Loss of selective endothelial cell vasoactive functions caused by hypercholesterolemia in pig coronary arteries.
The influence of hypercholesterolemia on the reactivity of coronary arteries was investigated after feeding a high-cholesterol diet to pigs for 9 weeks. After this duration of hypercholesterolemia, the fatty or intimal proliferative changes of atherosclerosis were not yet evident in the coronary arteries by light or electron microscopy. Changes in isometric tension were compared in isolated ring segments of coronary arteries from normal and hypercholesterolemic animals. The endothelium failed to inhibit contractions caused by 5-hydroxytryptamine in coronary arteries from hypercholesterolemic animals, but it did so in normal vessels. In contracted arteries, endothelium-dependent relaxations caused by 5-hydroxytryptamine and substance P were reduced by hypercholesterolemia. In contrast, endothelium-dependent relaxations mediated by norepinephrine acting at alpha 2-adrenoceptors and those caused by the calcium ionophore A23187 were unaffected. Endothelium-independent beta-adrenergic relaxations caused by norepinephrine, as well as those caused by nitroprusside, and papaverine also were unaffected by hypercholesterolemia. The loss of selective endothelial cell receptor-mediated relaxation suggests that it is not the ability of the coronary artery endothelium to elaborate vasodilators, but the initiation of the coronary artery endothelial cell response to 5-hydroxytryptamine and substance P that is affected by hypercholesterolemia. Thus, during hypercholesterolemia, selective endothelial cell dysfunction giving rise to abnormal coronary artery reactivity precedes the onset of coronary artery atherosclerosis.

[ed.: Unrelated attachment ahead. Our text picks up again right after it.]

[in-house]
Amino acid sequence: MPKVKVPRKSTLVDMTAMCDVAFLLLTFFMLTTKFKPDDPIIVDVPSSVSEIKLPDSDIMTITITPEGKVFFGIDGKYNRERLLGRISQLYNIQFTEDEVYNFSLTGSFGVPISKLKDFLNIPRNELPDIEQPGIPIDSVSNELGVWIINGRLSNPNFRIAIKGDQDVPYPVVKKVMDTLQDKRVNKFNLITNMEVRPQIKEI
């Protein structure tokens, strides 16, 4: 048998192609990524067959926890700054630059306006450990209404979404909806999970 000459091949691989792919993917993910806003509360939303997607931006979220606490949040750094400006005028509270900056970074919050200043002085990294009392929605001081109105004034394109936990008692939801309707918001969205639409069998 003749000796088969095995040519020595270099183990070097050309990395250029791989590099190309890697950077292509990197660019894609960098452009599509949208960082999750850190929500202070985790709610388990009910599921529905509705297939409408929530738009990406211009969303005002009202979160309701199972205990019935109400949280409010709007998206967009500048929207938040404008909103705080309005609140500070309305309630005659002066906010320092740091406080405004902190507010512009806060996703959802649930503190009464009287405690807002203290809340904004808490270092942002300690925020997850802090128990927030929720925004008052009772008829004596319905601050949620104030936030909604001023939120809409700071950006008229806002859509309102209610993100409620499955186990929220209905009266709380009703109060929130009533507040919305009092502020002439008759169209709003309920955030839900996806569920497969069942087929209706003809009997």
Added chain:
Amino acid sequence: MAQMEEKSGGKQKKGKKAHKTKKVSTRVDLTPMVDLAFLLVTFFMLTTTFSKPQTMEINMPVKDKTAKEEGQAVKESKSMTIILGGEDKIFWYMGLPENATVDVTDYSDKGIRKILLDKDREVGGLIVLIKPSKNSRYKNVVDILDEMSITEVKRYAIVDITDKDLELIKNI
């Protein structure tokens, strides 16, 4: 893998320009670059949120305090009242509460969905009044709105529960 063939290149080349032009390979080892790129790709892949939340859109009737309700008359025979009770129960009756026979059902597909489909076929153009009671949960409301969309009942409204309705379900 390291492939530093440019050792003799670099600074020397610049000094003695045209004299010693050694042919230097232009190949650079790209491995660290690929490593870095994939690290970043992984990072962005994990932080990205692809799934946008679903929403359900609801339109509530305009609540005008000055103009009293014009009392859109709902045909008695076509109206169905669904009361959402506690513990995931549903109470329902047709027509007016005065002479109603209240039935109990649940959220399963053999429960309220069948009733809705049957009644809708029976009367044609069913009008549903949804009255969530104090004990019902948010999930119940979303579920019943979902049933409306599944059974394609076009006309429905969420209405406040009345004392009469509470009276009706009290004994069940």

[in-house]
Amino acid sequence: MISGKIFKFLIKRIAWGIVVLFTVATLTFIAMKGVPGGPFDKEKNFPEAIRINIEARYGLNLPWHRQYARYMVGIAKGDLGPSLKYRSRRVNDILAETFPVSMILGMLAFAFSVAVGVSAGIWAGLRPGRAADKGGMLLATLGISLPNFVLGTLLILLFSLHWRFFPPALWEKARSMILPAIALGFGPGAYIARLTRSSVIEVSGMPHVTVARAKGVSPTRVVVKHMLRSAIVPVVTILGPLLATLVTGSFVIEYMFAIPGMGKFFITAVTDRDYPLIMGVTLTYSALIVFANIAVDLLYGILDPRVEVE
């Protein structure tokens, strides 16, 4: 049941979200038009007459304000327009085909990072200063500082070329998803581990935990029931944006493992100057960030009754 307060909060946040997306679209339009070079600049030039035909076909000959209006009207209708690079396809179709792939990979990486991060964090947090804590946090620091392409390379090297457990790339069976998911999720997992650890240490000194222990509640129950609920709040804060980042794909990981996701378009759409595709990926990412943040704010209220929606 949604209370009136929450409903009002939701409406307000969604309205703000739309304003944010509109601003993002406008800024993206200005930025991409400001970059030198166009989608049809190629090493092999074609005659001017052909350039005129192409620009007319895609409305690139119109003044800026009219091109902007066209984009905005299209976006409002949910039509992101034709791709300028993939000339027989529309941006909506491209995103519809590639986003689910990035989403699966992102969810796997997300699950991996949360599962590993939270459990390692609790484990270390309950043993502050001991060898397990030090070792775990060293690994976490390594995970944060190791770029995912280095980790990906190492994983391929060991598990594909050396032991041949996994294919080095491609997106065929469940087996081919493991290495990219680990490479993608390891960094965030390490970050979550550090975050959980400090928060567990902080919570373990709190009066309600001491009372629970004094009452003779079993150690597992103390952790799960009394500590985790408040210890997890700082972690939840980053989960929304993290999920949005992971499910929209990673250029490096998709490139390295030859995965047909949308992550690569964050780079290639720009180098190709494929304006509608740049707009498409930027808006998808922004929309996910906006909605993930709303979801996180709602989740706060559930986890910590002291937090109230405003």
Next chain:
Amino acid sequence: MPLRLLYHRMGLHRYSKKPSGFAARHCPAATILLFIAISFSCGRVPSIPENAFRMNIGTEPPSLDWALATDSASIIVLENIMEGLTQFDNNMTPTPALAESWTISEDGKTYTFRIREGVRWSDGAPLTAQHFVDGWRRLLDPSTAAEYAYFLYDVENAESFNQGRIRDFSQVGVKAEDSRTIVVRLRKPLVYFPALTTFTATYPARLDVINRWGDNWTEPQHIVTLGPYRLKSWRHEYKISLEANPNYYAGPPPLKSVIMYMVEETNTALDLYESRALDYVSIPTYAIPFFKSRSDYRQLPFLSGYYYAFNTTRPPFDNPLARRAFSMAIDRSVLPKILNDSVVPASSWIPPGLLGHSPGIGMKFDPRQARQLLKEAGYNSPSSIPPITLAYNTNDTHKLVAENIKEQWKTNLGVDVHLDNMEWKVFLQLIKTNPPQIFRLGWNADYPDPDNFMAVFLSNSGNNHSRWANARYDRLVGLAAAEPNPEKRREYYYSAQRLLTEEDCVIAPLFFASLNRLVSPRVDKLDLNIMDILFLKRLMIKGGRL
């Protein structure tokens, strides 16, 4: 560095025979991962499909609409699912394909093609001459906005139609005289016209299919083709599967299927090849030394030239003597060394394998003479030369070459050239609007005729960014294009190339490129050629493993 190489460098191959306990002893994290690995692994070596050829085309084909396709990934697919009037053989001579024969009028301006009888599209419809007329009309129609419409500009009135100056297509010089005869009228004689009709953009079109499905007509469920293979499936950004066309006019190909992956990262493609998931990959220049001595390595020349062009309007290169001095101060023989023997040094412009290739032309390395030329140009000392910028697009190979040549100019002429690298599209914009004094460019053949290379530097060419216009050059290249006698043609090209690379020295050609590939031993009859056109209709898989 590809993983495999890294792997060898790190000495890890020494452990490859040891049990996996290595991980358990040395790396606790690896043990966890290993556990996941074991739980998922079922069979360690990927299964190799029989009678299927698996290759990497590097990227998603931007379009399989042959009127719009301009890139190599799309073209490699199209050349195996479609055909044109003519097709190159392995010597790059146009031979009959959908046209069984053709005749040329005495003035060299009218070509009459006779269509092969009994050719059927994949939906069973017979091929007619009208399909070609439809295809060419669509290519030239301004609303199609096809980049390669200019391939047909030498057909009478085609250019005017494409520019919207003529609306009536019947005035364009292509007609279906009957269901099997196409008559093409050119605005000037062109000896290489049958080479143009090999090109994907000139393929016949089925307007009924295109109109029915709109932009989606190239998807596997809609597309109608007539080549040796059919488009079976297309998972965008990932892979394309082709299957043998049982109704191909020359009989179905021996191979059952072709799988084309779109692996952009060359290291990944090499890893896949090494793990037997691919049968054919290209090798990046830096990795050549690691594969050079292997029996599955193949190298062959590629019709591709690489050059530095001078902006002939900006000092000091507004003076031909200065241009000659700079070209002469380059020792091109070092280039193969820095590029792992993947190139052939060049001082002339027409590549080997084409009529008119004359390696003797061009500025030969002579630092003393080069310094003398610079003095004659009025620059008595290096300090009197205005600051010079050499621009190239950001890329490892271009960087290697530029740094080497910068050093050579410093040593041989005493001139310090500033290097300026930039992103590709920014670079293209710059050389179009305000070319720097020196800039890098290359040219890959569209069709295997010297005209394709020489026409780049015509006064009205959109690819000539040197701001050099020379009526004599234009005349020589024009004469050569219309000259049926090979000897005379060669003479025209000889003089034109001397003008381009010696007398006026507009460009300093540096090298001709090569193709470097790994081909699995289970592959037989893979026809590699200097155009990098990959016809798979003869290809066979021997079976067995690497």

- Copyright © 1988 by American Heart Association